In molecular biology the fructosamine kinase family is a family of enzymes. This family includes eukaryotic fructosamine-3-kinase enzymes which may initiate a process leading to the deglycation of fructoselysine and of glycated proteins and in the phosphorylation of 1-deoxy-1-morpholinofructose, fructoseglycine and glycated lysozyme; the family includes ketosamine-3-kinases. Ketosamines derive from a non-enzymatic reaction between a protein. Ketosamine-3-kinases catalyse the phosphorylation of the ketosamine moiety of glycated proteins; the instability of a phosphorylated ketosamine leads to its degradation, KT3K is thus thought to be involved in protein repair. The function of the prokaryotic members of this group has not been established. However, several lines of evidence indicate. First, they are similar to characterised FN3K from human. Second, the Escherichia coli members are found in close proximity on the genome to fructose-6-phosphate kinase. Last, FN3K activity has been found in the blue-green algae Anacystis montana indicating such activity-directly demonstrated in eukaryotes-is nonetheless not confined to eukaryotes
Johannes A. Jehle is a German scientist for insect virology, plant protection; the focus of his research is the use of microorganisms and viruses for biological control of insect pests and the development of sustainable methods for plant protection. He heads the Institute for Biological Plant Control of the Julius Kühn-Institut in Darmstadt and is an adjunct Professor at the Technical University Darmstadt, he was President of the Society of Invertebrate Pathology in 2016/2018. Jehle attended secondary school Kolleg der Schulbrueder in Illertissen, from where he graduated in 1980. After studying biology at universities in Ludwig Maximilian University of Munich and Goettingen University with an emphasis on botany and statistics he undertook a six-month field study on indigenous medicinal plants and healing methods in West Africa. From 1989 to 1993, he completed postgraduate studies in plant protection at Goettingen University and worked on his thesis "Safety Aspects of geneic Engineering: the Relationships and Variability of the Genomes of Cryptophlebia leucotrata granulovirus and des Cydia pomonella granulovirus" at the Centre for Agriculture and Forestry in Braunschweig.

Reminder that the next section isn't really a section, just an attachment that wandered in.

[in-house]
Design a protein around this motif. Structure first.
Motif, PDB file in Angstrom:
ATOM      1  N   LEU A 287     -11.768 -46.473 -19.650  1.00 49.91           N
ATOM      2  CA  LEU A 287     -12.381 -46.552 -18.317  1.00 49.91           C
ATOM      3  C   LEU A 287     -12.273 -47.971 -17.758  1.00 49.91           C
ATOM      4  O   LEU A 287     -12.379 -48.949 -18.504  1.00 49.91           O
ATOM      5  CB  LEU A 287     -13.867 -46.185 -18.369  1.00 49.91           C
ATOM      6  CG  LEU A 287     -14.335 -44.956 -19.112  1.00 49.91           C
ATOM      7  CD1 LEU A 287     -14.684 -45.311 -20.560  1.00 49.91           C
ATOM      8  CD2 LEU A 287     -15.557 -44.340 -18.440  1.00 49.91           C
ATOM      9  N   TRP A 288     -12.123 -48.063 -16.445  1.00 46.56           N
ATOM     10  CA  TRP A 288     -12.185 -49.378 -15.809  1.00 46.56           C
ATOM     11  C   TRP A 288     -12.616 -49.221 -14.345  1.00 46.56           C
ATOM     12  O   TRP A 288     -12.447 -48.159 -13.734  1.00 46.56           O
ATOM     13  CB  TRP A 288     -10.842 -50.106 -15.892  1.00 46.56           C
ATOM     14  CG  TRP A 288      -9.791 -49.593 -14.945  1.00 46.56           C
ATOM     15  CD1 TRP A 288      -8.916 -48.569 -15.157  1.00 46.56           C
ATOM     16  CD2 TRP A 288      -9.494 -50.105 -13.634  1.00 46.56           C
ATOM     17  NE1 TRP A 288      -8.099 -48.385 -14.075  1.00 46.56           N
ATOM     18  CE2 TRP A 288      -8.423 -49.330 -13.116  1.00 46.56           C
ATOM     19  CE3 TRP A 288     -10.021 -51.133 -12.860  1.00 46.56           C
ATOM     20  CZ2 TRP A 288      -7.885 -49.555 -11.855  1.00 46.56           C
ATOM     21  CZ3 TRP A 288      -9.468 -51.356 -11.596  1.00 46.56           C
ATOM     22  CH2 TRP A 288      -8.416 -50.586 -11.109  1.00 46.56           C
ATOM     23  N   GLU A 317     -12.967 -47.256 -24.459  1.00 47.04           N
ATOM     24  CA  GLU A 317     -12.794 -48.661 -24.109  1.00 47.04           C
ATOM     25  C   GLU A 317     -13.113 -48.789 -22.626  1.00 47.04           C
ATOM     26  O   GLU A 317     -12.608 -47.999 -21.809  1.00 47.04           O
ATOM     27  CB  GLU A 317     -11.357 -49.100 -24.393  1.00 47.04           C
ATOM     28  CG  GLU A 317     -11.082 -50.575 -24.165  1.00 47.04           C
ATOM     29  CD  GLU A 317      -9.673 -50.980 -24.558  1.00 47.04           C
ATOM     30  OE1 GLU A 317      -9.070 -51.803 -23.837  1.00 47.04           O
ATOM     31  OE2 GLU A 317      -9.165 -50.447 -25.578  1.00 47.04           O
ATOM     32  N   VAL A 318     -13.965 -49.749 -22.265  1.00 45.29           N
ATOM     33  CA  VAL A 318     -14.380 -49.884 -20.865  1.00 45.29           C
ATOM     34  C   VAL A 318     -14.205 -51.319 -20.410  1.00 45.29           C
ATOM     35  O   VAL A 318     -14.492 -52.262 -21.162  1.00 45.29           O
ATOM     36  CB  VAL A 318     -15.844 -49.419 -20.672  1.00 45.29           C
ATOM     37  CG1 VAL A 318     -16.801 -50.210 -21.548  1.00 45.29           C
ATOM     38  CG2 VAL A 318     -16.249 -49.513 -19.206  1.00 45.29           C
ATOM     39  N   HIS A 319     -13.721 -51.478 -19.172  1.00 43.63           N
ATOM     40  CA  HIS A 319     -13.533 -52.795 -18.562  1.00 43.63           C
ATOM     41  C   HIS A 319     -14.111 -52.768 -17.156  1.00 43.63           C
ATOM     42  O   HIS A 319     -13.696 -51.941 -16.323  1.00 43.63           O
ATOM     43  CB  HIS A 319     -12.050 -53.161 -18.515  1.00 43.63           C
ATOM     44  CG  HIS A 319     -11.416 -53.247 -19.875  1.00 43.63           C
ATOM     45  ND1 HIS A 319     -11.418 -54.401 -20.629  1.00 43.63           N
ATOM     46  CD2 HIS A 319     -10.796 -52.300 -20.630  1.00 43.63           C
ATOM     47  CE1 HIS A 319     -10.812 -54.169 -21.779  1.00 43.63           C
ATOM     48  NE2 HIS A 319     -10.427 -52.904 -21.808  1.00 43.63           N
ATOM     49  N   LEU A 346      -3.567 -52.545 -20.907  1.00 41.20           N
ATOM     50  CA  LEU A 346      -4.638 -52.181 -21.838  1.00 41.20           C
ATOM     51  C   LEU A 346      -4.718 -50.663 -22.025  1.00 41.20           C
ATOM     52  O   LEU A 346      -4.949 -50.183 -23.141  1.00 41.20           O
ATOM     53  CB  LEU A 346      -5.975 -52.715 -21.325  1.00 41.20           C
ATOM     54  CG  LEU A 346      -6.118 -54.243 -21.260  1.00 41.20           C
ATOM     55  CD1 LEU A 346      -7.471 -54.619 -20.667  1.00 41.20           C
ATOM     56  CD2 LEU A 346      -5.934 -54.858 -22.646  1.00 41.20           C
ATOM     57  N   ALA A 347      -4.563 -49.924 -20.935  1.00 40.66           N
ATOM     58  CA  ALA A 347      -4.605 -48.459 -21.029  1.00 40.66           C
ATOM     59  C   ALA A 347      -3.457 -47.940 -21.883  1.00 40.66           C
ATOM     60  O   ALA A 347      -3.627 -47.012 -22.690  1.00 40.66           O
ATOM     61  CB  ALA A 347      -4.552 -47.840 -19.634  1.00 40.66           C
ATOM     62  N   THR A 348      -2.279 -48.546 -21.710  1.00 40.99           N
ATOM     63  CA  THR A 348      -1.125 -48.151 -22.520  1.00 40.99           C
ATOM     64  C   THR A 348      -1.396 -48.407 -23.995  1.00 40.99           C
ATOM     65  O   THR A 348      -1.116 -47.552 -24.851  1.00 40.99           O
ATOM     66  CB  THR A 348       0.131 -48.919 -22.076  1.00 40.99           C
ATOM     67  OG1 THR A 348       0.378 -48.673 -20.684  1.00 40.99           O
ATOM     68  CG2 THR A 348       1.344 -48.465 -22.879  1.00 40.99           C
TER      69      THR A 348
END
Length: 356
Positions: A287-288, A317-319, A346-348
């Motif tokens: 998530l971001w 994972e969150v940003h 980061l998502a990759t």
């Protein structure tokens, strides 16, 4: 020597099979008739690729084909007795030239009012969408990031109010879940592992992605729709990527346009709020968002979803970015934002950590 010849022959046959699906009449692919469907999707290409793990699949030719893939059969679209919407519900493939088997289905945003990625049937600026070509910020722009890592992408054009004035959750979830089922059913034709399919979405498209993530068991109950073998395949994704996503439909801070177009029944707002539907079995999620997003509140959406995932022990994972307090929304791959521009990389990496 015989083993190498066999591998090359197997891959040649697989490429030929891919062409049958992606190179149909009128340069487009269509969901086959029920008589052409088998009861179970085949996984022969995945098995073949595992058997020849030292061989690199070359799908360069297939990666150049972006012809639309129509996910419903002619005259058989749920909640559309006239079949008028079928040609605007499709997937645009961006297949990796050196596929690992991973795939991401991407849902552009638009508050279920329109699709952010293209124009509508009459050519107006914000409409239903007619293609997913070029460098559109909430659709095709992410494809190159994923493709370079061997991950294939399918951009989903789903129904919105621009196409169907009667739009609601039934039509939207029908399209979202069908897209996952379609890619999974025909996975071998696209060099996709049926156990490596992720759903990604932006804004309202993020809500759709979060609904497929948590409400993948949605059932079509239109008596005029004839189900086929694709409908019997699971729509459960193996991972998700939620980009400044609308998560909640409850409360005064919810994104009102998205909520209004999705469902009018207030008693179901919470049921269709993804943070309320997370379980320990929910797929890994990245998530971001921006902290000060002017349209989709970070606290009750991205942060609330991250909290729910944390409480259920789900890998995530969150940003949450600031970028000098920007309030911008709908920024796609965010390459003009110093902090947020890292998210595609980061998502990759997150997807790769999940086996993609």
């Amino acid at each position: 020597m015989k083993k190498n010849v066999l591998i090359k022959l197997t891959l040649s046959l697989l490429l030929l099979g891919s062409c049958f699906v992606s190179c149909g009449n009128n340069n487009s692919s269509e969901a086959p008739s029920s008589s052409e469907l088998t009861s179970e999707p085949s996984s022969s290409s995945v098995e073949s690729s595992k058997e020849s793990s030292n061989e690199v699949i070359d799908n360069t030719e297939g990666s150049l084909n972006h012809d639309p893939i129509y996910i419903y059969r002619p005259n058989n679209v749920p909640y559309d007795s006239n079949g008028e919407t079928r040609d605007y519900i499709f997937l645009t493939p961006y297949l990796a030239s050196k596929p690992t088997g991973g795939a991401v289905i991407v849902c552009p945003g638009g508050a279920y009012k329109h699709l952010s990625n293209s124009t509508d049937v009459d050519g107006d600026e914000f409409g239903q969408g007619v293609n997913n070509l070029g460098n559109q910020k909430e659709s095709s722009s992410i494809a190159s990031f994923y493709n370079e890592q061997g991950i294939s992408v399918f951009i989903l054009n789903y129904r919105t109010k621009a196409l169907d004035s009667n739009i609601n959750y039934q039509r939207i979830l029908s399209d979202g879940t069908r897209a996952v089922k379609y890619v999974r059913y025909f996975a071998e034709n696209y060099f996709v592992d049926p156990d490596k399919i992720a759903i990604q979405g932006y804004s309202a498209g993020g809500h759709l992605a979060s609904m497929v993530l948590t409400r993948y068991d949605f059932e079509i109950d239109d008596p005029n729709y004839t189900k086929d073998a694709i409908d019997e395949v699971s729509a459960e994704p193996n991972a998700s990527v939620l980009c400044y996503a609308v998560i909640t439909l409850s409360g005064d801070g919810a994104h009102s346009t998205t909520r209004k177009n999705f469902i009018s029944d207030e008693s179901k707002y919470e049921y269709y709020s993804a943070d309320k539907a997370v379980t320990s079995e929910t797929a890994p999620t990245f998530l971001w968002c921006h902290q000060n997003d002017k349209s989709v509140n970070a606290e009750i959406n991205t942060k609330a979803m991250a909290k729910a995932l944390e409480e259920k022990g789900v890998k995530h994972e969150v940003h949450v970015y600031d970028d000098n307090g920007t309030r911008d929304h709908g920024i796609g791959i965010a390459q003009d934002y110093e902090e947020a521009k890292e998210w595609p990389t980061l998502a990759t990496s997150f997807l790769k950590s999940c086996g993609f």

He obtained the doctoral degree Dr. rer. nat. in 1994 from the Technical University of Braunschweig. From 1994 to 1996 he was Marie-Curie Fellow at the Department of Virology of Wageningen University working with Prof. J. M. Vlak, before he moved to the plant protection service of the state of Rhineland-Palatinate. From 1997 to 2009 he headed the research group Biotechnological Plant Protection at the Agricultural Service Centre in Neustadt an der Weinstrasse, where he addressed safety issues related to genetic engineering of maize and grapes and improved methods for biological plant protection using microorganisms and insect viruses. Since 2010 he is director of the Institute for Biological Control of the Julius Kuehn Institute in Darmstadt. In 2006, he obtained a postdoctoral degree of Genetics at the University of Mainz, since 2012 he is adjunct Professor at the TU Darmstadt. Jehle‘s scientific work aims to investigate and evaluate methods of biological control for organic and integrated farming.